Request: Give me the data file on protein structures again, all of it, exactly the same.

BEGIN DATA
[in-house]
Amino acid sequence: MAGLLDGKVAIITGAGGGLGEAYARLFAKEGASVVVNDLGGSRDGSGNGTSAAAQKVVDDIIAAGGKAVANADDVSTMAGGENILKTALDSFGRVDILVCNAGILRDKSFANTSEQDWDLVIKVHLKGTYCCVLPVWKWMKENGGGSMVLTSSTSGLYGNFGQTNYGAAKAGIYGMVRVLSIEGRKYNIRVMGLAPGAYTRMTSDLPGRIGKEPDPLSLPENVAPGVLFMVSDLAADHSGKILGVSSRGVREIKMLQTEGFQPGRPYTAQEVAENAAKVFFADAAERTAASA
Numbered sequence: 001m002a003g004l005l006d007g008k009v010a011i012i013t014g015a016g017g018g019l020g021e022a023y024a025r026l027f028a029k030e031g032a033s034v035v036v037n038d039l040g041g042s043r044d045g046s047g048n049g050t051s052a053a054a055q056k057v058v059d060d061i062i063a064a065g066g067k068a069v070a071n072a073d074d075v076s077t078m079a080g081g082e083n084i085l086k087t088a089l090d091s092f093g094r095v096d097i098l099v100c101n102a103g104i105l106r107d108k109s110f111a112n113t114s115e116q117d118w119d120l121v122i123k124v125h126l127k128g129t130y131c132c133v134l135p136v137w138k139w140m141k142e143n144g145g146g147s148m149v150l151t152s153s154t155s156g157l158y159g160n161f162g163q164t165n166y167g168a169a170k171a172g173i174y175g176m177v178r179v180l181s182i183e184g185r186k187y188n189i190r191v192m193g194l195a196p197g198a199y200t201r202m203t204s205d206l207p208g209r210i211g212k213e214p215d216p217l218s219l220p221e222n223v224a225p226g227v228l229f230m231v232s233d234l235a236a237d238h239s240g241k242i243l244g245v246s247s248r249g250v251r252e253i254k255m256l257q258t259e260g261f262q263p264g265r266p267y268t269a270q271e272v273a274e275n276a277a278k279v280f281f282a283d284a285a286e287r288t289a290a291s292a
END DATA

[in-house]
Amino acid sequence: MAGLLDGKVAIITGAGGGLGEAYARLFAKEGASVVVNDLGGSRDGSGNGTSAAAQKVVDDIIAAGGKAVANADDVSTMAGGENILKTALDSFGRVDILVCNAGILRDKSFANTSEQDWDLVIKVHLKGTYCCVLPVWKWMKENGGGSMVLTSSTSGLYGNFGQTNYGAAKAGIYGMVRVLSIEGRKYNIRVMGLAPGAYTRMTSDLPGRIGKEPDPLSLPENVAPGVLFMVSDLAADHSGKILGVSSRGVREIKMLQTEGFQPGRPYTAQEVAENAAKVFFADAAERTAASA
Numbered sequence: 001m002a003g004l005l006d007g008k009v010a011i012i013t014g015a016g017g018g019l020g021e022a023y024a025r026l027f028a029k030e031g032a033s034v035v036v037n038d039l040g041g042s043r044d045g046s047g048n049g050t051s052a053a054a055q056k057v058v059d060d061i062i063a064a065g066g067k068a069v070a071n072a073d074d075v076s077t078m079a080g081g082e083n084i085l086k087t088a089l090d091s092f093g094r095v096d097i098l099v100c101n102a103g104i105l106r107d108k109s110f111a112n113t114s115e116q117d118w119d120l121v122i123k124v125h126l127k128g129t130y131c132c133v134l135p136v137w138k139w140m141k142e143n144g145g146g147s148m149v150l151t152s153s154t155s156g157l158y159g160n161f162g163q164t165n166y167g168a169a170k171a172g173i174y175g176m177v178r179v180l181s182i183e184g185r186k187y188n189i190r191v192m193g194l195a196p197g198a199y200t201r202m203t204s205d206l207p208g209r210i211g212k213e214p215d216p217l218s219l220p221e222n223v224a225p226g227v228l229f230m231v232s233d234l235a236a237d238h239s240g241k242i243l244g245v246s247s248r249g250v251r252e253i254k255m256l257q258t259e260g261f262q263p264g265r266p267y268t269a270q271e272v273a274e275n276a277a278k279v280f281f282a283d284a285a286e287r288t289a290a291s292a